A close-up aerial view of the southern active lava lake margin within Halema‘uma‘u crater, at Kīlauea summit. The formation of the levee containing the “perched” active lava lake (center to upper-right) is partially due to crustal plates from the active lake surface being pushed onto the rim of the lava lake. See the magnified image of the levee (lower-left) for a more

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a comparison of ongoing activity in Halema‘uma‘u, at the summit of Kīlauea, with a 2007 lava channel on Kīlauea's East Rift Zone
March 26, 2021

A comparison of perched lava lake and lava channel levees—Kīlauea

This figure shows a comparison of ongoing activity in Halema‘uma‘u, at the summit of Kīlauea, with a 2007 lava channel on Kīlauea's East Rift Zone. On the left, a photo shows the levee that is containing the active perched lava lake in Halema‘uma‘u. The levee is formed in part from rafted pieces of surface crust that are pushed onto the levee by the lake circulation, with

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A telephoto view of the west vent within Halema‘uma‘u crater taken during a HVO helicopter overflight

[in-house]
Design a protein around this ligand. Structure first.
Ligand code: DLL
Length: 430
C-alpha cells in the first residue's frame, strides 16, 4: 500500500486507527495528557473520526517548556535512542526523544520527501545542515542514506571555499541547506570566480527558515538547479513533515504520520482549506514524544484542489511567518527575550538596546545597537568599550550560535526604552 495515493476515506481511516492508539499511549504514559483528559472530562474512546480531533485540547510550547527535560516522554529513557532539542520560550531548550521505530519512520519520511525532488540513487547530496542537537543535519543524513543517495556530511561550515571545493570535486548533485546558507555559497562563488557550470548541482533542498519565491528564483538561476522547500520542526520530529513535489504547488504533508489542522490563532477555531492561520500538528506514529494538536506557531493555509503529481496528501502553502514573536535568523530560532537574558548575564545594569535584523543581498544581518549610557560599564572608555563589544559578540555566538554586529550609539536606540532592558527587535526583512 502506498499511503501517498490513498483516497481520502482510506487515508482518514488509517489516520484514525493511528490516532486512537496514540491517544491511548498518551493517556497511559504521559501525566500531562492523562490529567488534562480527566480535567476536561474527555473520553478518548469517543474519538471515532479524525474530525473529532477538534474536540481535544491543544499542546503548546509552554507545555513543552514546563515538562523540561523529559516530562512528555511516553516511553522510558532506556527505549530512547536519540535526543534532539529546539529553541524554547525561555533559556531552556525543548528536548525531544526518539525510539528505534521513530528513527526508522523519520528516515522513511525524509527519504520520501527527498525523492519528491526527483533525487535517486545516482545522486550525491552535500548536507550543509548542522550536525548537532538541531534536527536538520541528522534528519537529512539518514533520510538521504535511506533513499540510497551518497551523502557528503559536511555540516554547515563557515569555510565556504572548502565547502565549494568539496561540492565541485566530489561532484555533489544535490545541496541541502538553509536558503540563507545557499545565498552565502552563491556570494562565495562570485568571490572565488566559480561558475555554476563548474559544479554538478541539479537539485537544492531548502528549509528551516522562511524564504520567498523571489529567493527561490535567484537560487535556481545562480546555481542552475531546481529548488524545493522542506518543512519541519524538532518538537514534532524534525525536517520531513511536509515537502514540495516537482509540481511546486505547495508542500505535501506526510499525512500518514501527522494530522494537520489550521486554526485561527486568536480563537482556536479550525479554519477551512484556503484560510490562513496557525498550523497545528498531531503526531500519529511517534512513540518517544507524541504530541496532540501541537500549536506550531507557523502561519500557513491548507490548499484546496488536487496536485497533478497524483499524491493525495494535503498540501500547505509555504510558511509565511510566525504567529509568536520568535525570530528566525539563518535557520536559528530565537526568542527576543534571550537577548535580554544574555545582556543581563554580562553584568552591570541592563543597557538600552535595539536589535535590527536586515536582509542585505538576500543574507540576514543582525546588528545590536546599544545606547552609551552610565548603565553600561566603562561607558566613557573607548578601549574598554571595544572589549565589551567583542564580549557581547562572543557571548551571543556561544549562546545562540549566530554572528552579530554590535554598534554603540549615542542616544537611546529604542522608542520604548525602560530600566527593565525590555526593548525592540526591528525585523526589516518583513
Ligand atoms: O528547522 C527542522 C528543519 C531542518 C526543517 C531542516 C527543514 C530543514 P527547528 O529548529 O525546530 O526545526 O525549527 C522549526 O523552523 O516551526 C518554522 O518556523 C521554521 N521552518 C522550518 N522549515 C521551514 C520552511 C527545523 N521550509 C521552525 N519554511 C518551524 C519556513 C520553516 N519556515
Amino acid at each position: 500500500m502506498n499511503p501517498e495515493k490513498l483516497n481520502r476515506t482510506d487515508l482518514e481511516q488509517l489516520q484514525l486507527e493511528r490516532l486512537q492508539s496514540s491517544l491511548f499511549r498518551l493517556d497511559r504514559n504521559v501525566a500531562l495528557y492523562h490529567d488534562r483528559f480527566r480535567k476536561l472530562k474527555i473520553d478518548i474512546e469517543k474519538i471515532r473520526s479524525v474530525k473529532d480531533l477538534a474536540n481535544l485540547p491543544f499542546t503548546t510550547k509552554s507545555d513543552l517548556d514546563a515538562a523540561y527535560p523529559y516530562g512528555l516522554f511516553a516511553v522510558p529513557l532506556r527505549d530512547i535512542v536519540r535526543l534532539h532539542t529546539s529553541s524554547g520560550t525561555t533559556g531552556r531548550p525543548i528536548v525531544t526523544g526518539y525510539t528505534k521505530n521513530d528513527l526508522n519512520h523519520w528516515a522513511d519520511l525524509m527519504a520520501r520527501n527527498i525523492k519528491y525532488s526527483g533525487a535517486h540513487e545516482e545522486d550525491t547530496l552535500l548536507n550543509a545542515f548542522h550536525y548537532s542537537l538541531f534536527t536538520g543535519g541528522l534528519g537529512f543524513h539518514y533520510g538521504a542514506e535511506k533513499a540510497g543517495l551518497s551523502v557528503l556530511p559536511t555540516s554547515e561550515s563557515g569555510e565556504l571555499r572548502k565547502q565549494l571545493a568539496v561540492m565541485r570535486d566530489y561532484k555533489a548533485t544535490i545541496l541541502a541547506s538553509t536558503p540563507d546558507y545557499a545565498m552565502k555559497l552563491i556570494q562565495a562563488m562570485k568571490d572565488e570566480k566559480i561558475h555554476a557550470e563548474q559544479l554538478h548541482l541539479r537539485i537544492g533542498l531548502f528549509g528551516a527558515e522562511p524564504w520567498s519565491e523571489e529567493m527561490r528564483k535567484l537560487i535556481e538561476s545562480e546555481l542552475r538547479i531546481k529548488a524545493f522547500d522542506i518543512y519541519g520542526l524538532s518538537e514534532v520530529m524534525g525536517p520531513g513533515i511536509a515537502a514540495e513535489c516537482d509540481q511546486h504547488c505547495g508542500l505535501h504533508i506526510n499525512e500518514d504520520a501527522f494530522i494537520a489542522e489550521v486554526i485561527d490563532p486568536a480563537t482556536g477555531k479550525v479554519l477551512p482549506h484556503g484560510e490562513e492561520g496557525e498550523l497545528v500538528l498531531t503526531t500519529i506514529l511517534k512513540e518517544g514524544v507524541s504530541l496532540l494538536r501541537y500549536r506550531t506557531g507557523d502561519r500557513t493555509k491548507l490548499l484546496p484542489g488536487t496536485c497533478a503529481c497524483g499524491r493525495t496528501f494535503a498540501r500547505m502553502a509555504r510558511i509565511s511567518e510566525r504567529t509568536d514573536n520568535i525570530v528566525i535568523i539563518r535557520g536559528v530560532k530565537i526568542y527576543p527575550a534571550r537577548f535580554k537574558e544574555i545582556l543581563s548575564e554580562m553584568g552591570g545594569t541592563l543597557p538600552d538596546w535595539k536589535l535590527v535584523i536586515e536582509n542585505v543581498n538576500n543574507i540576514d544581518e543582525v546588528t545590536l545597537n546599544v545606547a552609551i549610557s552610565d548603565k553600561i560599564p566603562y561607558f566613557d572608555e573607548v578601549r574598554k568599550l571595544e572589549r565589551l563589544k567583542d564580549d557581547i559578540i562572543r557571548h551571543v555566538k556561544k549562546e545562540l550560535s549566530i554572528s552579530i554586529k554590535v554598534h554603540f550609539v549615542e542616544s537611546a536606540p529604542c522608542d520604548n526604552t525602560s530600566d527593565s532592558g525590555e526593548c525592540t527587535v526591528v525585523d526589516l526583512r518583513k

March 26, 2021

Halema‘uma‘u lava lake, Kīlauea summit eruption—March 26, 2021

A telephoto view of the west vent within Halema‘uma‘u crater taken during a Hawaiian Volcano Observatory helicopter overflight of Kīlauea summit. The west vent continues to supply lava into the active western portion of the lava lake from two adjacent inlets at its base (center-left). A pile of rubble, from a partial collapse of the cone several weeks ago, remains on the

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During today’s HVO helicopter overflight of the Kīlauea summit eruption, no major changes were observed
March 26, 2021

Views of Kīlauea's summit lava lake on March 26